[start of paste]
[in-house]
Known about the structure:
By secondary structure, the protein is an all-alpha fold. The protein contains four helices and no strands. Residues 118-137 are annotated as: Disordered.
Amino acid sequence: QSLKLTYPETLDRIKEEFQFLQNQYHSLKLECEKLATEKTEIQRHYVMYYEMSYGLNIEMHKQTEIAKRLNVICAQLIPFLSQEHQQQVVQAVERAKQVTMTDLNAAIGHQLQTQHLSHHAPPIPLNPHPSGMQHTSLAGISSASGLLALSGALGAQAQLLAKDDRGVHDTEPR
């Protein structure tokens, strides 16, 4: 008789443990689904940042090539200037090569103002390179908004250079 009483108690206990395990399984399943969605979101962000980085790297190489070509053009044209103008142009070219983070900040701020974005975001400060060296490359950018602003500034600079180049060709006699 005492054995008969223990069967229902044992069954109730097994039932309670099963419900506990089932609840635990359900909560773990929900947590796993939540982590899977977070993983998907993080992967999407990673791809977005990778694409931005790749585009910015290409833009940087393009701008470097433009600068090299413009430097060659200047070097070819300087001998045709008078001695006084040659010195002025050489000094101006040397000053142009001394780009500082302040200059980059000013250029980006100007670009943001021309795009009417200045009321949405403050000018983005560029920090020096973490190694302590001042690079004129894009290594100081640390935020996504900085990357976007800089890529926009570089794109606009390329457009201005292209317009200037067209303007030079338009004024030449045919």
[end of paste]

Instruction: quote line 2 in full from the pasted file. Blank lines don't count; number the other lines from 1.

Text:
Known about the structure: